Well, the display hardware was definitely never meant to display video, and the processing hardware is not simply running a game, but it's doing it in an emulator, which has a whole bunch of overhead before you even get to the actual requirements of the hardware.
posted by griphus at 1:04 PM on September 5, 2012 [3 favorites]


Of the emulated hardware that is.
posted by griphus at 1:04 PM on September 5, 2012 [1 favorite]


Okay, so they essentially made a Game Boy.

Out of a book. Moore's Law has reached the point where a device built to display letters and static images has enough processing power to do full software emulation of a modern-ish game console, including realtime 3D rendering. It is an awesome time to be a hacker.

Or what griphus said.
posted by Holy Zarquon's Singing Fish at 1:07 PM on September 5, 2012 [8 favorites]


I'm flummoxed that the screen does anything like that at all...

But seriously, I'm like this close to buying a simple touch just to fuck around with...Is there an easy way I could beam something from my iPad to the Touch over wifi? For $80 I might be tempted to buy it just as some sort of sunlight readable auxillary display for my iPad.
posted by Chekhovian at 1:20 PM on September 5, 2012


If you watch the Daily Deal sites (or FatWallet or whatever) you can get a refurbed one for closer to $60.
posted by griphus at 1:25 PM on September 5, 2012


Sorry, hit the button too fast. A hacked Simple Touch is just an Android tablet with a weird screen, so you can use something like DropBox to get documents across.
posted by griphus at 1:31 PM on September 5, 2012


Wow. So I assume if we're already at the "emulate a PS1 on a Tamagotchi" kind of phase, then PS1 emulators have been out in full force across all the full-color powerful Android devices - Kindle Fire? I may have to steal my mother's to play some FF7 on the go.
posted by naju at 1:47 PM on September 5, 2012


I'd get the Nexus to give yourself something beefier. Or wait till tommorow to see what the KF replacement is.
posted by Artw at 1:50 PM on September 5, 2012


So the Nook is the elephant in this equation, and the emulators / code are turtles?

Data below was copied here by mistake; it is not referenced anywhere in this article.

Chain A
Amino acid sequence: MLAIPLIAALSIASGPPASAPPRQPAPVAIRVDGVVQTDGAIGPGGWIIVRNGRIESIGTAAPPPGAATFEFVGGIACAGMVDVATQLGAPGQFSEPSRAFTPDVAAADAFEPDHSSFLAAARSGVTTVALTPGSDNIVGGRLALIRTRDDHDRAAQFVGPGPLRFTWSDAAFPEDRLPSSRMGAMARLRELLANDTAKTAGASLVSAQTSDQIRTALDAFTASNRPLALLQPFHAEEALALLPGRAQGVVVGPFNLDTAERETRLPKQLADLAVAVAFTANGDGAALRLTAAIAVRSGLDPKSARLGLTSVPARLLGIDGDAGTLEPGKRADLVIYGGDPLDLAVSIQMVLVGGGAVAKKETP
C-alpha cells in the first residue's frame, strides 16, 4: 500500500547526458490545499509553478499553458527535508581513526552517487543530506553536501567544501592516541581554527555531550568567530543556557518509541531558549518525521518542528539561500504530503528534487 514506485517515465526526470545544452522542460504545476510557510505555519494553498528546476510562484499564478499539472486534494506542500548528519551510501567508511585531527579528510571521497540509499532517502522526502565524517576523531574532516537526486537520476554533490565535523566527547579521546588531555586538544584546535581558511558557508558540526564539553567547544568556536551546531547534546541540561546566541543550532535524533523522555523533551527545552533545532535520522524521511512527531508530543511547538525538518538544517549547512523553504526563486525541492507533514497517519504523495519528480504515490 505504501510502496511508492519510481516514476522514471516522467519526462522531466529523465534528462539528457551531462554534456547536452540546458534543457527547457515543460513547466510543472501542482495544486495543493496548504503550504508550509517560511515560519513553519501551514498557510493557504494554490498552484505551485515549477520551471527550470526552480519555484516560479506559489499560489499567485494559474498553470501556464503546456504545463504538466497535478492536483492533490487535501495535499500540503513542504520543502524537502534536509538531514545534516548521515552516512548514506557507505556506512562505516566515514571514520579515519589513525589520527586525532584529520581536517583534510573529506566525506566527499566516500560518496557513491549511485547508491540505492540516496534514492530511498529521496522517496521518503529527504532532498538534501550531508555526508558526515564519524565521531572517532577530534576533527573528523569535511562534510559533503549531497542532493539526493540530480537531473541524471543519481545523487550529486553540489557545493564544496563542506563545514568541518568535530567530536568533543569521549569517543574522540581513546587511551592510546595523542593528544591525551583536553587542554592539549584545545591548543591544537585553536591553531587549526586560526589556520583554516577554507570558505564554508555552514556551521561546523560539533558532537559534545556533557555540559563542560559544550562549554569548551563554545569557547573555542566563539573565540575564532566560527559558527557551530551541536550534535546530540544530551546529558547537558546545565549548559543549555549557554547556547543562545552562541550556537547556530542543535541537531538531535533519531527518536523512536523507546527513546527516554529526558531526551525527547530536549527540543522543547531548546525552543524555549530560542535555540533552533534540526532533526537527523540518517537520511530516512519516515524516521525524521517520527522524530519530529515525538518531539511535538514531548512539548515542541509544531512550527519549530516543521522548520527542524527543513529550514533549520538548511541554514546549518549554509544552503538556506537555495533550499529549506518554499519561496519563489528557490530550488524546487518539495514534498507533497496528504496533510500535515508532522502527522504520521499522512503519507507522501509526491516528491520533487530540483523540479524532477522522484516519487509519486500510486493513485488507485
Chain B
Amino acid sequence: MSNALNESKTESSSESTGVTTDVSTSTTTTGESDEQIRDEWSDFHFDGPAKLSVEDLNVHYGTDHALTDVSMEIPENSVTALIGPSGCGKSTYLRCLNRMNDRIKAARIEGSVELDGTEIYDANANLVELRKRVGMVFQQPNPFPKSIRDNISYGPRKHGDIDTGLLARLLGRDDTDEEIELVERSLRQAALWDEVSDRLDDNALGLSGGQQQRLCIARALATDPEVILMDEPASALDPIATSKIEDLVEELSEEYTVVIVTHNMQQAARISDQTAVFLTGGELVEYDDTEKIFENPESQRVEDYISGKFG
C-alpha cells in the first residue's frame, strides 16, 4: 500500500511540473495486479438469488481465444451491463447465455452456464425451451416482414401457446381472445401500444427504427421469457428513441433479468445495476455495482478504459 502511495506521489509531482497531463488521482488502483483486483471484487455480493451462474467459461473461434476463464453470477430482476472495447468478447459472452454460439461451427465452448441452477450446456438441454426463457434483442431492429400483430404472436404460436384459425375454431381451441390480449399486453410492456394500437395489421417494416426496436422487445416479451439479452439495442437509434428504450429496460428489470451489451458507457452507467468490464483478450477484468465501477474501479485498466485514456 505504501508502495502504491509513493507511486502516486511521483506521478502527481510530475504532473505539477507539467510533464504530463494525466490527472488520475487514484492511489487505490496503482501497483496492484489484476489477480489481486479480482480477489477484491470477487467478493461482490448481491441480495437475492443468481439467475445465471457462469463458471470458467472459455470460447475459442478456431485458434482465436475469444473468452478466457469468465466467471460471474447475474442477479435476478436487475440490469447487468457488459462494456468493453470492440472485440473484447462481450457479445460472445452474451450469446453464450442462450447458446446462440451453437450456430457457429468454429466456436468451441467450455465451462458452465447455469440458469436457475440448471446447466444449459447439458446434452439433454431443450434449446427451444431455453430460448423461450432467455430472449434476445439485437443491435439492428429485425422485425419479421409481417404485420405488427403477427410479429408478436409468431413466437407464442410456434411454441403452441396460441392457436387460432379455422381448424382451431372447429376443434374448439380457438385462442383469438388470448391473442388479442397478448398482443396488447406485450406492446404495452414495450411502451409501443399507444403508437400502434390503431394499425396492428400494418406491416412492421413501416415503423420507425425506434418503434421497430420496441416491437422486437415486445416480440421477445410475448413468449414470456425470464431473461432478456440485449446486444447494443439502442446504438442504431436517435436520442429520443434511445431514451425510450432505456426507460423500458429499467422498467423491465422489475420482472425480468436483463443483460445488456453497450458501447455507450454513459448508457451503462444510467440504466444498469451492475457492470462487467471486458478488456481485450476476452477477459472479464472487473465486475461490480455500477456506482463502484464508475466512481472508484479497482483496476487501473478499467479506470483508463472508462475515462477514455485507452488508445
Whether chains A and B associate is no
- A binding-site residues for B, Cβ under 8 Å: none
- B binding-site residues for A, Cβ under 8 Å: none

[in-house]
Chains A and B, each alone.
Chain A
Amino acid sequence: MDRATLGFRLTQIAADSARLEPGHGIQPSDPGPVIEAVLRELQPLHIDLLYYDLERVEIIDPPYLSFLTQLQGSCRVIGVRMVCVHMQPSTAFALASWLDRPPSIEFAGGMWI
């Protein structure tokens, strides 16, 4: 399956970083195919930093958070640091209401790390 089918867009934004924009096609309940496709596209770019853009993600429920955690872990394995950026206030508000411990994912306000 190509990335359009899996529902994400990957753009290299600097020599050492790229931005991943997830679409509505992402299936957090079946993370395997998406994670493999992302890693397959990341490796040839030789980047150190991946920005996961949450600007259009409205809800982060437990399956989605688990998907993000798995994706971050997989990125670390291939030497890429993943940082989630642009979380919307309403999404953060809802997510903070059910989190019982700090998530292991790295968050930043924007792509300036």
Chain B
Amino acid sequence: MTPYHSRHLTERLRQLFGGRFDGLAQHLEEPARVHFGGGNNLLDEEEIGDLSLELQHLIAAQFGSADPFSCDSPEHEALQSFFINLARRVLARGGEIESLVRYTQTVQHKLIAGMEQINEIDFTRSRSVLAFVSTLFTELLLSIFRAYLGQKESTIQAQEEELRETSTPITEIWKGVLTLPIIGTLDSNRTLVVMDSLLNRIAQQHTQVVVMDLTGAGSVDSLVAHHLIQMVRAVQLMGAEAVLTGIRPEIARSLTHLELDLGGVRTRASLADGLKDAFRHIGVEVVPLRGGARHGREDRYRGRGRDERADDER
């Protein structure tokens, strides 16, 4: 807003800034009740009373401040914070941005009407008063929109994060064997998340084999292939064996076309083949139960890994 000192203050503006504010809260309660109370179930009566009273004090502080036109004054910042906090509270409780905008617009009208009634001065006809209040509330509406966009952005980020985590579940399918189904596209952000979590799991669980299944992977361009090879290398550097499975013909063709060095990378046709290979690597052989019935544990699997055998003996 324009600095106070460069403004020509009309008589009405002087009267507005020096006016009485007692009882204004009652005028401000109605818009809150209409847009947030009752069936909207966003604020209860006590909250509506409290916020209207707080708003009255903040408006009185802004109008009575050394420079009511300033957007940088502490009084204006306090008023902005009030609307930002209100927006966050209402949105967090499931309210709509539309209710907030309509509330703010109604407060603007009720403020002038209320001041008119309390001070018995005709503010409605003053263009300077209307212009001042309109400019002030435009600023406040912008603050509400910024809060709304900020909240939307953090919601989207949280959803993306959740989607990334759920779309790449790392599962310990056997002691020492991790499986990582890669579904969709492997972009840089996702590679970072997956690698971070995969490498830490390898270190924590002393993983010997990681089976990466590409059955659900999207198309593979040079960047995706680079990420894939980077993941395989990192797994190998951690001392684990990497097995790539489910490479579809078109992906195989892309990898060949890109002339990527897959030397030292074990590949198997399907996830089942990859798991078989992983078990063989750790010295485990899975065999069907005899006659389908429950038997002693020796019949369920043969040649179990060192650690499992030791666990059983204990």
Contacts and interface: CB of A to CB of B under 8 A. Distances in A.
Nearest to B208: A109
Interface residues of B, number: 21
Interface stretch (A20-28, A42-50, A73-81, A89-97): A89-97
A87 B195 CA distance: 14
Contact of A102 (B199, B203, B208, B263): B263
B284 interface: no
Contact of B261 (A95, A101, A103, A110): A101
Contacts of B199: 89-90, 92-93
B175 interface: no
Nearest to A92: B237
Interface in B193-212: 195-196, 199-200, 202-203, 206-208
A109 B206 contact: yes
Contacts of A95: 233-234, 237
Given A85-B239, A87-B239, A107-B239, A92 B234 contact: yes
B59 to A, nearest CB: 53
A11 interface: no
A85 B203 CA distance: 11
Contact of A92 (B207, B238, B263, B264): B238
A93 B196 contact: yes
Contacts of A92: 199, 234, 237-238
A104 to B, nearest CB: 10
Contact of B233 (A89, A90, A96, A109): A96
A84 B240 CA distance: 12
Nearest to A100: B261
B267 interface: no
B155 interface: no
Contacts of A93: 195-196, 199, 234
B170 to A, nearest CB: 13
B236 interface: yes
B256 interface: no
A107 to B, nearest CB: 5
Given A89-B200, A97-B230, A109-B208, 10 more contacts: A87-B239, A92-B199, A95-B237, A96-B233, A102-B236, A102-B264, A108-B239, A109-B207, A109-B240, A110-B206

Turtles all the way down...
posted by Ogre Lawless at 2:01 PM on September 5, 2012 [3 favorites]


i didnt want to read books anyway
posted by This, of course, alludes to you at 2:57 PM on September 5, 2012


Well, the frame rate is poor, there's no sound, and it's possible that discarding color information made some drastic optimizations possible that wouldn't be on a full tablet. Sure it's one of those amazing-talking-dog things, but I can't think of many games that would be playable on this.

I think the disabling of the screen refresh system is aided by the choice of game, which sometimes bathes the screen in black and thus helps to avoid ghost images.
posted by JHarris at 3:27 PM on September 5, 2012


I can't think of many games that would be playable on this.

Robotron would be awesome. In fact, this is making me want to give that a shot on my android phone.
posted by odinsdream at 5:02 PM on September 5, 2012


But Robotron isn't a Playstation game. I have to wonder how the Nook Simple Touch's screen would hold up to the pixel explosion effects in it, but in terms of processor strength it should be easily up to the task.
posted by JHarris at 5:09 PM on September 5, 2012


We need Jeff Minter on this.
posted by Artw at 5:12 PM on September 5, 2012 [1 favorite]


There's plenty of VNC viewers for Android, so you could use a Simple Touch to read output from Linux/Mac/PC. I'm not sure if there's VNC output possible from an iDevice, but if there is, then you could indeed use the Nook as a eInk external monitor for your iPad.

There's also Splashtop and RDP clients for Android, so there's a couple of more options.

I assume the Nook is rooted, so you could run Ubuntu, or a Linux variant of your choice, in a chroot on the ereader. I'm sure Unity would look quite lovely on an eInk screen.
posted by honestcoyote at 5:14 PM on September 5, 2012


I'm actually suprised to learn the non-LCD nooks are Android based - no reason why they shouldn't be, I guess. Were all of them Android or is this a new development?
posted by Artw at 5:20 PM on September 5, 2012


Relatively new development, AFAIK, but I only keep up with Nooks and Kindles so not sure what the Kobo's and others are doing. Eink Kindle's don't run Android (currently) but they do run Linux.

With Android being free to use (fees are only charged for the inclusion of Google apps), it's a logical choice.
posted by honestcoyote at 5:27 PM on September 5, 2012


Nook Simple Touch Now Has the Ability to Use an External Keyboard.
posted by honestcoyote at 5:29 PM on September 5, 2012 [1 favorite]


But Robotron isn't a Playstation game.

Oh but it is, my friend. It is.
posted by odinsdream at 5:30 PM on September 5, 2012 [1 favorite]


honestcoyote !!!! I have a little USB dongle I can plug in and use my wireless keyboard maybe!!!!
posted by tilde at 5:44 PM on September 5, 2012


USB bluetooth that is.
posted by tilde at 5:45 PM on September 5, 2012


Wow, that keyboard hack is pretty cool. I actually rooted my Simple Touch ages ago, but I've found so little use for a rooted Simple Touch -- I have a smartphone and a tablet -- that I (well, my girlfriend) uses it as if it was never rooted.